Fifteen-year-old Zoe has a secret—a dark and terrible secret that she can’t confess to anyone she knows. But then one day she hears of a criminal, Stuart Harris, locked up on death row in Texas. Like Zoe, Stuart is no stranger to secrets. Or lies. Or murder.
Full of heartache yet humour, Zoe tells her story in the only way she can—in letters to the man in prison in America. Armed with a pen, Zoe takes a deep breath, eats a jam sandwich, and begins her tale of love and betrayal.
I was reading over this review before I posted it, and I realised I have no recollection of this. At all. That’s worrying, isn’t it? And really, it tells you all you need to know. But I’ll go into more detail.
The idea of this book was so great, but it did not live up to expectations at all. Maybe if it wasn’t written in letter form I would have liked it better. Maybe if it didn’t keep flicking back from present to past I would’ve been able to follow it better and the suspense could’ve been done much less obviously.
But there were some things I just didn’t know how to fix. Zoe’s voice was done badly, and she was no a believable character. I mean, how old was she? She sounded about 10, but acted 18 half the time, and 12 when she was with her sister. Her mum was pathetic. The ‘mystery’ about the Grandpa and Dot was such an anti-climax. I wanted the drama her parents hinted at, not the blown-out-of-proportion rubbish it actually was! Aaron was an idiot. I won’t say why because of spoilers, but let’s just say I’m glad he’s not my brother.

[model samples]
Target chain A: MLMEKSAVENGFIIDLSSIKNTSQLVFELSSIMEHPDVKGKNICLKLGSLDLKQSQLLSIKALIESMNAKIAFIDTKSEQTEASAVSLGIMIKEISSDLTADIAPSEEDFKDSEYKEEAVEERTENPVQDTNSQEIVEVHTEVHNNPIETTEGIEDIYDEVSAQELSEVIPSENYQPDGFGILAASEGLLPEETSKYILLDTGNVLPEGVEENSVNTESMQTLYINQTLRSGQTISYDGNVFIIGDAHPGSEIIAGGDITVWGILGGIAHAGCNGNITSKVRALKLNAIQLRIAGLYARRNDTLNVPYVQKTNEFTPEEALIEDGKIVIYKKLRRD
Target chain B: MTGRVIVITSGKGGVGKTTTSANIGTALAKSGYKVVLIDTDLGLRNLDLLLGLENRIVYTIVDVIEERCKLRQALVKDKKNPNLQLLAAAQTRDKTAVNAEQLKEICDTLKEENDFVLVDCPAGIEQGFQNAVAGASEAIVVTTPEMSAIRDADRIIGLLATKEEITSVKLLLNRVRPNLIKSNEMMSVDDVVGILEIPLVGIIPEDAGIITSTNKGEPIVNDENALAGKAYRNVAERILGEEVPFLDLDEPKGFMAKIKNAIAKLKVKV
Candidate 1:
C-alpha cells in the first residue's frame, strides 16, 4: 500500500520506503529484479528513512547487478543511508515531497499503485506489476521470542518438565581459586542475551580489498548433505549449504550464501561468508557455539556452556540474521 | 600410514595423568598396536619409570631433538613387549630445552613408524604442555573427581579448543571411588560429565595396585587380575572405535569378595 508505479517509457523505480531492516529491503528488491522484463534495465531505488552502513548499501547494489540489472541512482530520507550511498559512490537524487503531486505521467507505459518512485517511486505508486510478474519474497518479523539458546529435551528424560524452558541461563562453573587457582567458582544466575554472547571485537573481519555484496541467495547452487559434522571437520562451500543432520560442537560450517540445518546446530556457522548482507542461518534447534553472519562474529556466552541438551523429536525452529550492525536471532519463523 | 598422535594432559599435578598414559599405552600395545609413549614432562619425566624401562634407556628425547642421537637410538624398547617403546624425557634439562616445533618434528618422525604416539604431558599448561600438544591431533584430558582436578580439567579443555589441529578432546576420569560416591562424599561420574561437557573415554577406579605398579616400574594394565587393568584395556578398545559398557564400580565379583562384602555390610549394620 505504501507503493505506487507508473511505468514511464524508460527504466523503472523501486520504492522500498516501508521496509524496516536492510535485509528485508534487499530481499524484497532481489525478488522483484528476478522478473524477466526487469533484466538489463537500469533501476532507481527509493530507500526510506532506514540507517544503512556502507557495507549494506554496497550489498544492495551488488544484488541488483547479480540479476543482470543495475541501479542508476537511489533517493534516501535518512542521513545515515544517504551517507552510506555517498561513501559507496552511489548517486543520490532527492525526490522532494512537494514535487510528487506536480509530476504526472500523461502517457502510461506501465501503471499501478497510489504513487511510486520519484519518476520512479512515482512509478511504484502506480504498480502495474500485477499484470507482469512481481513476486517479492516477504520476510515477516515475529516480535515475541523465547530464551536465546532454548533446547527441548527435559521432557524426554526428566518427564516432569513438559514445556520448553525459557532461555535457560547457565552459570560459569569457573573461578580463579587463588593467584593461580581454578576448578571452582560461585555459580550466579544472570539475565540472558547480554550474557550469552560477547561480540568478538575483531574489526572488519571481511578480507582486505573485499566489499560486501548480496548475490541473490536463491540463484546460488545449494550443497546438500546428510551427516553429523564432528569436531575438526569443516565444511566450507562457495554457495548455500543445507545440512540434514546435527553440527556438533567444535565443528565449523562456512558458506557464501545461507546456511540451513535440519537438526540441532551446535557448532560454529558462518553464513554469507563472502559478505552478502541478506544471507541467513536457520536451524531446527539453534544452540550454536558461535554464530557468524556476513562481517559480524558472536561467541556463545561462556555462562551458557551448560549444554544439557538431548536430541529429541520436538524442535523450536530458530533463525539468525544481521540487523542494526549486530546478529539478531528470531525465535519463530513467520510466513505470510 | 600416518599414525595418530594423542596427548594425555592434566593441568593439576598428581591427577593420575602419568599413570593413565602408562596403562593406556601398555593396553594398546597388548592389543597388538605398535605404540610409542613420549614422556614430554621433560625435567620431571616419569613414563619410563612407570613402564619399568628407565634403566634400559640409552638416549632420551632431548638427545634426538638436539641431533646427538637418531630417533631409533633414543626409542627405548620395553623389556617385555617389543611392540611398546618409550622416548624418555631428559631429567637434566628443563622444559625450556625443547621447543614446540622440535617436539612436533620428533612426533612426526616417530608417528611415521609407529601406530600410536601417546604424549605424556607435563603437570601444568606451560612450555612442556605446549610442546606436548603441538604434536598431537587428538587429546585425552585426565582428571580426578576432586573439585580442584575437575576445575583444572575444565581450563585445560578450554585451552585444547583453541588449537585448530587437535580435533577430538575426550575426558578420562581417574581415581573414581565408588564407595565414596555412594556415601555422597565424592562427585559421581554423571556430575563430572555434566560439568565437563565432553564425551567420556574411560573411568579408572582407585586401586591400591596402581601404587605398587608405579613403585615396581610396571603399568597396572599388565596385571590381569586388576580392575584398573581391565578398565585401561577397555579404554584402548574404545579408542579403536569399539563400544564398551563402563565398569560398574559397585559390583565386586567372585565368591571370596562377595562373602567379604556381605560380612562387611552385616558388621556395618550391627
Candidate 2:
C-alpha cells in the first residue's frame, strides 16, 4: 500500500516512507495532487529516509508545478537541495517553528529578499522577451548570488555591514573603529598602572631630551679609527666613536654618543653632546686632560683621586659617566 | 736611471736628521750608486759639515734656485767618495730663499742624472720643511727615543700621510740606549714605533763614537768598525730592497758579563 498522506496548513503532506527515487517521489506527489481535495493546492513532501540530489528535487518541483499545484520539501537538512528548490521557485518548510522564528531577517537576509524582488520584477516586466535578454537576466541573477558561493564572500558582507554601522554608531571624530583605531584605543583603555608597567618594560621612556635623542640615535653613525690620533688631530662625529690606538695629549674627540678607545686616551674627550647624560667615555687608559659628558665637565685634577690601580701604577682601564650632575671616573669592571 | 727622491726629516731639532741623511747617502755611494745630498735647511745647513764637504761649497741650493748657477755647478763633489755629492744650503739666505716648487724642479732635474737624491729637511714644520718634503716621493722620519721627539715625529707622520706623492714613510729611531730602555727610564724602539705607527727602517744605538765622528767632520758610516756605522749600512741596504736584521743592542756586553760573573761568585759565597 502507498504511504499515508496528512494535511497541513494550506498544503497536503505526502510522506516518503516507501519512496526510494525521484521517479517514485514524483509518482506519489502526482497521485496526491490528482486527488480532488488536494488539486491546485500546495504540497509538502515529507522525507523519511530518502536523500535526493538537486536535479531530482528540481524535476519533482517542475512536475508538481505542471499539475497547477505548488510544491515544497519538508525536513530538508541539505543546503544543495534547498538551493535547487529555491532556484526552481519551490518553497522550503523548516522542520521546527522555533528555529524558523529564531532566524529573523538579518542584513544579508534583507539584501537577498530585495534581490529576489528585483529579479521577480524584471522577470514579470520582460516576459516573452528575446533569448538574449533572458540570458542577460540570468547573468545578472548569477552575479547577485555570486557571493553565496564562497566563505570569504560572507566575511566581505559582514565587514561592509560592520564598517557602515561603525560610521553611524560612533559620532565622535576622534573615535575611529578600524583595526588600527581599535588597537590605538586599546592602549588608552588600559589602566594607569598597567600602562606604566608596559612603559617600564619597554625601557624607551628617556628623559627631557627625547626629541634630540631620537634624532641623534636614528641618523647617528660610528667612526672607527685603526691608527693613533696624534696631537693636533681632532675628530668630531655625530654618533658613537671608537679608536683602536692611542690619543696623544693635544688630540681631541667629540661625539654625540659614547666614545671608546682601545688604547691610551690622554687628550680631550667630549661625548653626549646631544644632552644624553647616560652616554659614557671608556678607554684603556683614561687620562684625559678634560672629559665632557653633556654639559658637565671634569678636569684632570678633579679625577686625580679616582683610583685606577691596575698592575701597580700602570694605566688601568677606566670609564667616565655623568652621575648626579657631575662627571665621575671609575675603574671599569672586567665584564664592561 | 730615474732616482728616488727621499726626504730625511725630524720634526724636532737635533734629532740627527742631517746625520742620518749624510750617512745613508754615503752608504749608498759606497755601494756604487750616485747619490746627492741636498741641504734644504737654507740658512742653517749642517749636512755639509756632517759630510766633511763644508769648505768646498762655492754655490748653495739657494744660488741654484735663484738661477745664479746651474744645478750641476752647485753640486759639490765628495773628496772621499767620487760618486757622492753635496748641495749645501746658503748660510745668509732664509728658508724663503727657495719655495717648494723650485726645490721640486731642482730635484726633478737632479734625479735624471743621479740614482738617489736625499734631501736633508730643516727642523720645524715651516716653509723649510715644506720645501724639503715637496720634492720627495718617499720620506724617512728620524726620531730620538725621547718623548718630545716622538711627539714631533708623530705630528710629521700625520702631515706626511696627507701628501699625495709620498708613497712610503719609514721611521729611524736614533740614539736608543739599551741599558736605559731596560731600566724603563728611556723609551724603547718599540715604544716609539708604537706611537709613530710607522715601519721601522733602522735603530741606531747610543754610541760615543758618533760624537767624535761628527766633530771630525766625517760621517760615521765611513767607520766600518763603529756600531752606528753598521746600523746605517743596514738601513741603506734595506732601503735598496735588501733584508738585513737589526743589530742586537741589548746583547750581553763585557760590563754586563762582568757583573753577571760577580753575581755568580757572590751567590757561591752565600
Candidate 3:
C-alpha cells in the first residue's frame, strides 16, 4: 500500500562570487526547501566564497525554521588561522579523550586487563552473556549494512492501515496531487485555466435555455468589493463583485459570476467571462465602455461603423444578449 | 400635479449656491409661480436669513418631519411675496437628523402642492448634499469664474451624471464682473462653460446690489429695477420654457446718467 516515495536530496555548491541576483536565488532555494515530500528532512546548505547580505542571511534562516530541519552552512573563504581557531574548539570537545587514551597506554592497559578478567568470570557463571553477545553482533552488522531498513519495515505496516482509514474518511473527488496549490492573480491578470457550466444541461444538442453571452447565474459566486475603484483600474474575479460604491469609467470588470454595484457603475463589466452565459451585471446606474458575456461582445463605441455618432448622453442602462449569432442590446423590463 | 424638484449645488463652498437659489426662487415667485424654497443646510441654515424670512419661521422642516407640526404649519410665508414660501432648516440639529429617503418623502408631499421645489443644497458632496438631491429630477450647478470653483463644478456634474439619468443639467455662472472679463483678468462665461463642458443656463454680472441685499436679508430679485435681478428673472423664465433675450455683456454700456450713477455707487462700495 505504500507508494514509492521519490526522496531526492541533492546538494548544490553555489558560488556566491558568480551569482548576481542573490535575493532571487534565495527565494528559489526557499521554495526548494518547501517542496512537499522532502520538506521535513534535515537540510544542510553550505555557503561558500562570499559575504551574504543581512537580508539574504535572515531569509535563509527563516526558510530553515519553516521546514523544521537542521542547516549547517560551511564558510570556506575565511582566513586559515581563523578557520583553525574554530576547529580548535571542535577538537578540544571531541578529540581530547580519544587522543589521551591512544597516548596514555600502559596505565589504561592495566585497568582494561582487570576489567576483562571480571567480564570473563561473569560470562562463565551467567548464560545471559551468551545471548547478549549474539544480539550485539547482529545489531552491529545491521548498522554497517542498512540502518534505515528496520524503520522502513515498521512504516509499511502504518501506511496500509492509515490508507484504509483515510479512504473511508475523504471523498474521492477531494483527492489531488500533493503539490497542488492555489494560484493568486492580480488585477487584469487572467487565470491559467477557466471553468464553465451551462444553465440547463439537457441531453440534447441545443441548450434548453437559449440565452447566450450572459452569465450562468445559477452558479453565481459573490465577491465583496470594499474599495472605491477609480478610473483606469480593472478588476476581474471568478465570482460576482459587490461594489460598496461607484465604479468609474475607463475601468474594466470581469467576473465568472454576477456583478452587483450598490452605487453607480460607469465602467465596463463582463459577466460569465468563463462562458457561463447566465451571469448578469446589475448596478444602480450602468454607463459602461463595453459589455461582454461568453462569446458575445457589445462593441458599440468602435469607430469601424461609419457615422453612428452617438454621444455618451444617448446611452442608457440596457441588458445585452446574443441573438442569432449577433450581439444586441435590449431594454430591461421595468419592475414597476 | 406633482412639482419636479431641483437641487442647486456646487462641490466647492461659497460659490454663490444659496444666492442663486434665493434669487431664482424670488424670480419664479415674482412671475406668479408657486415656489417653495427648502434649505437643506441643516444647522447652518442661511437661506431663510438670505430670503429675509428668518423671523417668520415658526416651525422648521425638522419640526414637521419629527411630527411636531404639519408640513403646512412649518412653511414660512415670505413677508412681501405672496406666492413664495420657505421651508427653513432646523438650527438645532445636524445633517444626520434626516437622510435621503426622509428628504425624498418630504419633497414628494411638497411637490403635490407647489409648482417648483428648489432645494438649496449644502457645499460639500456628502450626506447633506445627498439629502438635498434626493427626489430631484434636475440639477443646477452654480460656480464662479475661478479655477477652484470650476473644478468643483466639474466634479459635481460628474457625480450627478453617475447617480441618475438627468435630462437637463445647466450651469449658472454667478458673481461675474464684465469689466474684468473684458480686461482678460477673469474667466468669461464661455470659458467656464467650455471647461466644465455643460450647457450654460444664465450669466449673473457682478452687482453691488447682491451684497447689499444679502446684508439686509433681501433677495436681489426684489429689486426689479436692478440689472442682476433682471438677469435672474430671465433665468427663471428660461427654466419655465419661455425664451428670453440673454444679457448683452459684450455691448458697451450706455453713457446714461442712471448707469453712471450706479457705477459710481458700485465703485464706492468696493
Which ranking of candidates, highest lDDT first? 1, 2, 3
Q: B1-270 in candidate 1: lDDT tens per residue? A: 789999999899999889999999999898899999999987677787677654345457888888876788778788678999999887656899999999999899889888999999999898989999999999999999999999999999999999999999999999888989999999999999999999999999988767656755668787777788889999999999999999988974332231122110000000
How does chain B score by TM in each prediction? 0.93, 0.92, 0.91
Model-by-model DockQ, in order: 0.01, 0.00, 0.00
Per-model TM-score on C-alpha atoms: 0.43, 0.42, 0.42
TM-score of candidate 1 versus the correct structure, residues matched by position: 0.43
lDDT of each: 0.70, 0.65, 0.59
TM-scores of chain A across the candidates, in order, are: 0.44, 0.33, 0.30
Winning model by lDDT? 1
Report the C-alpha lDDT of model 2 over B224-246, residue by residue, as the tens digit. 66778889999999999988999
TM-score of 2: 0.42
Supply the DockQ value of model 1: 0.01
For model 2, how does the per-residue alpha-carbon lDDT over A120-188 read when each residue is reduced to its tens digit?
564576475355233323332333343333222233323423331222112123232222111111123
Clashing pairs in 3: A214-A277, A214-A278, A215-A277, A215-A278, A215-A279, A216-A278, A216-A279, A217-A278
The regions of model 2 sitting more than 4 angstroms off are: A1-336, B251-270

There were some things I did like. Max was actually quite cool, even if he wasn’t meant to be. Soph was great, I would love to be her best friend, and her dramas were actually real, and not just her exaggerating things that were barely going on. And I suppose the romance was good, if bad morally.
So no, I didn’t entirely hate this book. But I sure won’t be recommending it any time soon.